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ISKCON North America’s Official Statement on The Love Guru

Saturday, 21 June 2008 / Published in Anuttama dasa, Media Release / 6,965 views

By Anuttama dasa

On June 20, 2008, Paramount Pictures releases The Love Guru nationwide. The film tells the story of Guru Pitka (Mike Myers), a westerner raised at an Indian ashram, who grows up to be a high-profile and eccentric holy man come west.

While the level of humor contained in the film is crass, the comedy has drawn significant attention even before its official opening – both pro and con – and from Hindu-Americans concerned that it violates appropriate boundaries in dealing with a religious subject.

On behalf of the North American chapters of the International Society for Krishna Consciousness (ISKCON), a Vaishnava, or devotional Hindu organization with an ethnically diverse membership, we understand that many Hindus are concerned that the film may mock their faith. At the same time, having seen the film in its entirety, we find it to be a typical satire that does not intend to hurt religious sentiments.

While we respect the rights of others within the community to draw their own conclusions, we disagree with the calls to protest or boycott the film. We encourage the Hindu-American community to view the film in its context as a comedy, and to draw on the tolerance and broadmindedness that are hallmarks of our faith.

The Love Guru is a satire, a genre that typically replaces reality with contradictions and exaggerations. If however, some mistake satire for truth, then rather than be angered, we could take the opportunity to clarify misrepresentations and educate others about our authentic traditions. If approached in a constructive and proactive way, the film may even lead to increased tolerance, dialogue, and understanding between Hindus and non-Hindus.

We believe that pressuring filmmakers to censor , re-rate, or otherwise limit their artistic freedom is generally antithetical to the spirit of pluralism and tolerance within the Vedic, or Hindu culture. We recognize that, in certain cases, media depictions may so egregiously distort or maliciously denigrate our faith that boycotts, petitions, and other acts of protest are warranted. The Love Guru, however, is not such a case.

Members of most faith traditions are sensitive about aspects of their tradition being used as sources of humor. However, The Love Guru reminds us that it is wise for people of faith to also maintain a sense of humor-and to take the time to laugh (even at ourselves) once in a while.

Anuttama dasa
ISKCON Minister of Communications

2 Responses to “ISKCON North America’s Official Statement on The Love Guru”

  1. sanatany says :

    Guru concept is a centre of Hindu tradition and showing Guru in low light itself is denigration of the faith. When some one utters a word Guru what ISKCON would like masses to visualize? Guru Pitka or Swami Prabhupada?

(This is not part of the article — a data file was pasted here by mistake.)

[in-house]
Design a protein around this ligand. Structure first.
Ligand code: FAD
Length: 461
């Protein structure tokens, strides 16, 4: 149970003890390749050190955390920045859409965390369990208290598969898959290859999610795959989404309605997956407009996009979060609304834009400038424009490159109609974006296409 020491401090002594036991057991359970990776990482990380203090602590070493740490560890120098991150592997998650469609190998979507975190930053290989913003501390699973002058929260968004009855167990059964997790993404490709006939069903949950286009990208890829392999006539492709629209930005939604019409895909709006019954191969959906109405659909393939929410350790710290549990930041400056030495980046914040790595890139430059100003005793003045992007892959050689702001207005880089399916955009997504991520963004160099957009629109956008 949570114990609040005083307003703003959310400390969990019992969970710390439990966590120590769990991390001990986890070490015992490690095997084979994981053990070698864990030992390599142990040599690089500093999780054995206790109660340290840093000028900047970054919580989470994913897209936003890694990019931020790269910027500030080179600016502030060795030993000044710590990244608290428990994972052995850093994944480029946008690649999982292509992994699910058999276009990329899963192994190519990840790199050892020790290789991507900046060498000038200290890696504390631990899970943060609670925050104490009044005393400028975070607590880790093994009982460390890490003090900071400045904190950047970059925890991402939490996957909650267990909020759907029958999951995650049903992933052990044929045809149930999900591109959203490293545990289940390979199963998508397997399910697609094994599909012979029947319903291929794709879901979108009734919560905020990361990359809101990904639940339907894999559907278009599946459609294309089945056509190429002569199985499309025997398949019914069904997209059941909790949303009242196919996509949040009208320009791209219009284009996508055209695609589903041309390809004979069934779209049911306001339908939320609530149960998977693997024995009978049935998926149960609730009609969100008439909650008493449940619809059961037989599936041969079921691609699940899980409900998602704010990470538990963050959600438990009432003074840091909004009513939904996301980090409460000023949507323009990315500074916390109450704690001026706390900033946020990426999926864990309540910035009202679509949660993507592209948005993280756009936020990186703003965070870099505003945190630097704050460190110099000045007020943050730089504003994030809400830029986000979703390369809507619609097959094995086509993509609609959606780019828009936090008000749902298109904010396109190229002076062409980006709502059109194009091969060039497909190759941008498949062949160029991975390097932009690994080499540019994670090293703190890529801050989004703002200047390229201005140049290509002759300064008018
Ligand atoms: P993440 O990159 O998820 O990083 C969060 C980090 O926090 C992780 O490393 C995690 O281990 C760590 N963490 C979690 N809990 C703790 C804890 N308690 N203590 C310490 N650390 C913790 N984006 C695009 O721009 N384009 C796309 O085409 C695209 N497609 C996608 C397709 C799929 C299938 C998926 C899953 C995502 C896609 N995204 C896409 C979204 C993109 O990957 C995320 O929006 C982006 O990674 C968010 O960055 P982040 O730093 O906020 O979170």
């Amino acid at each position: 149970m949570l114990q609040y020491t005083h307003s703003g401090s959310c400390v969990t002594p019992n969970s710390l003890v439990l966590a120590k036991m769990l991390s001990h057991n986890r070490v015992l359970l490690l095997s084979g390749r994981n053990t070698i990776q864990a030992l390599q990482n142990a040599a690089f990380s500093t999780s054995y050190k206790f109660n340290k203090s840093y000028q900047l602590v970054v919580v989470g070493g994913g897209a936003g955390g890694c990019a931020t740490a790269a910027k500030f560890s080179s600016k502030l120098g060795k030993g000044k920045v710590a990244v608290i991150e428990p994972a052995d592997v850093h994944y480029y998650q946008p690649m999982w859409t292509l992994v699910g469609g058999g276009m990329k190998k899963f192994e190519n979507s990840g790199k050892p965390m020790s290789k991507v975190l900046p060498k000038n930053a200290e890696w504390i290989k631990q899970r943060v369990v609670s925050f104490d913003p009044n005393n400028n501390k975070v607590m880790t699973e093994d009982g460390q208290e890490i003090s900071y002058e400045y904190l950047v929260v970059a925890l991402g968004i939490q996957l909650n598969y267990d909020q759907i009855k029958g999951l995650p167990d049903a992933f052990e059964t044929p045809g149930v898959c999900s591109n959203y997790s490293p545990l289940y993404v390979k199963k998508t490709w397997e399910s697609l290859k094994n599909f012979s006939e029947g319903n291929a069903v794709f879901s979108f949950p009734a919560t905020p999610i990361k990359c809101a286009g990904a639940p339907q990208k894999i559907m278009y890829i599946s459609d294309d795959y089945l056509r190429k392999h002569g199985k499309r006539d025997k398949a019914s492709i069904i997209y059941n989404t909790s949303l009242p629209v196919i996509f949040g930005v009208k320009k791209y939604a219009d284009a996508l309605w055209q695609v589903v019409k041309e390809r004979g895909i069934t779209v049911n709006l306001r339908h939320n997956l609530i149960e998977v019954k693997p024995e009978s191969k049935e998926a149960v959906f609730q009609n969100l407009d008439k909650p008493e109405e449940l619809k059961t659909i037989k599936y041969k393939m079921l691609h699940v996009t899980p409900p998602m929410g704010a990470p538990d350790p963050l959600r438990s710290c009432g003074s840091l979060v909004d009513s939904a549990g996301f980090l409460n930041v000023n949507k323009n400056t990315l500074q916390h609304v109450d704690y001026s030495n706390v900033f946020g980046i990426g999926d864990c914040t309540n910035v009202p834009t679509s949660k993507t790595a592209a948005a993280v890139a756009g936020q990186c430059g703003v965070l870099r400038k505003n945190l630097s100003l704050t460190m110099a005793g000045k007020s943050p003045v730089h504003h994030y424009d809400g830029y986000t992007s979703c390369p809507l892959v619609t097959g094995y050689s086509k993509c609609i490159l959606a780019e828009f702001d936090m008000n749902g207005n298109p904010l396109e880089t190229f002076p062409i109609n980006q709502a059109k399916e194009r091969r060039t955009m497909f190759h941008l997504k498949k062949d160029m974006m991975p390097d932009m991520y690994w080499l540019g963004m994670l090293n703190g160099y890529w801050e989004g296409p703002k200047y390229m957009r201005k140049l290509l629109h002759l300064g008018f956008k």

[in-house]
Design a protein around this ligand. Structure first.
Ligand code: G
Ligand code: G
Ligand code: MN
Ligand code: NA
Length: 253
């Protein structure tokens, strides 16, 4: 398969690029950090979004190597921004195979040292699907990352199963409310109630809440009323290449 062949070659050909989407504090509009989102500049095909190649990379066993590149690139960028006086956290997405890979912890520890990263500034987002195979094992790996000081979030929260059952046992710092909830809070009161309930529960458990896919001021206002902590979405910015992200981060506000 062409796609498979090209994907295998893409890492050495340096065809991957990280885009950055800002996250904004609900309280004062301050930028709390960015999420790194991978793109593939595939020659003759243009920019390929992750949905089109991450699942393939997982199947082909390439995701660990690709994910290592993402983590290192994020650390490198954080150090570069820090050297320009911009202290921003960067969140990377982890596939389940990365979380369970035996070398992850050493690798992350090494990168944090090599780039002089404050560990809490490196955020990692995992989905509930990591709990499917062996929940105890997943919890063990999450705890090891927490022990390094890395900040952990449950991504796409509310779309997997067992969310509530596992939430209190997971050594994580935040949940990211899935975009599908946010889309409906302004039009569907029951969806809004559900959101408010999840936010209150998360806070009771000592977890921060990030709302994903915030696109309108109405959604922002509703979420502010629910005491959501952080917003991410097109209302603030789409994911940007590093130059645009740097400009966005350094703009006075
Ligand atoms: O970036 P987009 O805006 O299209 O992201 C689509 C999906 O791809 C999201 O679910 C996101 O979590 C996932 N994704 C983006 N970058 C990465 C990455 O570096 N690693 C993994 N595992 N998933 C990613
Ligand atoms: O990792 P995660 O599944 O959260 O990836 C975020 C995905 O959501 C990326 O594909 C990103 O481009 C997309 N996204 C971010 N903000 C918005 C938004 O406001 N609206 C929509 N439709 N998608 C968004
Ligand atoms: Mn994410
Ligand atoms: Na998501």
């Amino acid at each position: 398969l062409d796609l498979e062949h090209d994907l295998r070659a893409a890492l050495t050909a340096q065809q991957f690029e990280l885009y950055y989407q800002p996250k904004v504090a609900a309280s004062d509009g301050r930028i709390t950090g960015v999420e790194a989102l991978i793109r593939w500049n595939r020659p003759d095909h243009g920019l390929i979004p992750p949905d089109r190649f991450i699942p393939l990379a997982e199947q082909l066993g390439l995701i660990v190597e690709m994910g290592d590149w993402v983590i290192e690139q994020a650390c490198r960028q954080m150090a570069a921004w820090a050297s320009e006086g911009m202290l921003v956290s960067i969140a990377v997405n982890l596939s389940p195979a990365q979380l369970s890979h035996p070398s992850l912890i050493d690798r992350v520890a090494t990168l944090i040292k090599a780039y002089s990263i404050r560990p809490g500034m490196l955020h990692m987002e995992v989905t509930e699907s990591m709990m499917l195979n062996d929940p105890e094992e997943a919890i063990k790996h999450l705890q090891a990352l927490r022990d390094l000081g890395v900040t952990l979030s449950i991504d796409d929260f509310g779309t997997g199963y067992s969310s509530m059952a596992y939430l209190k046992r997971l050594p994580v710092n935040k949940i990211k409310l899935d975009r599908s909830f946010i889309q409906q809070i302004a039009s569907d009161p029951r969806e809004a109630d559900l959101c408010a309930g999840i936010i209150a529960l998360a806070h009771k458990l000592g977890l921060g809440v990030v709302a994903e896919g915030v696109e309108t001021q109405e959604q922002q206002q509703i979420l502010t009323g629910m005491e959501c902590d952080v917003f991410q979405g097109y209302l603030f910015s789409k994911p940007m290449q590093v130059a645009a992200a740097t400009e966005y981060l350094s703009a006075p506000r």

ISKCON, have you forgotten the message from Mahabharata, “Dharma eva hato hanti/ Dharmo rakshati rakshitah” (One who destroys Dharma is destroyed by Dharma/ One who protects Dharma is protected by Dharma) ?

  2. nrsimhananda says :

    Thank you, Annutama prabhu, for the wise perspective on “The Love Guru.” Though I haven’t seen the movie, I agree that good-natured humor, whenever employed, is not generally designed to antagonize or irritate its targets. If we were to react to every satire, we would might soon be liable to declaring “fatwahs” against the perpetrators! :) Usually, knee-jerk reactions to religious “insults” are motivated by insecurities on the part of the offended. A person who is secure in their faith doesn’t have problems when people poke fun at them, especially when they shave their head sans a small ponytail, dress in wrinkled robes, bang on a tamborine or drum in congested cities, and sing words foreign to most passerby’s. I recently updated the ITV release, “Hare Krishna in the Movies,” which includes (as far as we know) every film (worldwide) that included some encounter with the devotees (through 2006’s, “The Bee Season” with Richard Gere). The movies begin with Visnujana Swami in 1970 and the presentation progresses in chronological order to the present. (I omitted my commentary in our first and second editions so you don’t have to endure my pontificating mug again.) There is plenty to laugh and chuckle at in this montage of devotee/faux devotee appearances. Even the nondevotees find it entertaining – and it always encourages questions of a more serious nature – like, did Eliot Gould get prasadam or is Julia Roberts really nice? (available at http://www.itvproductions.net) Of course, we know who is the real “love guru,” he’s the one who started the “love feasts” and taught WHO to love forever, His Divine Grace, A.C. Bhaktivedanta Swami Prabhupada – kijay!

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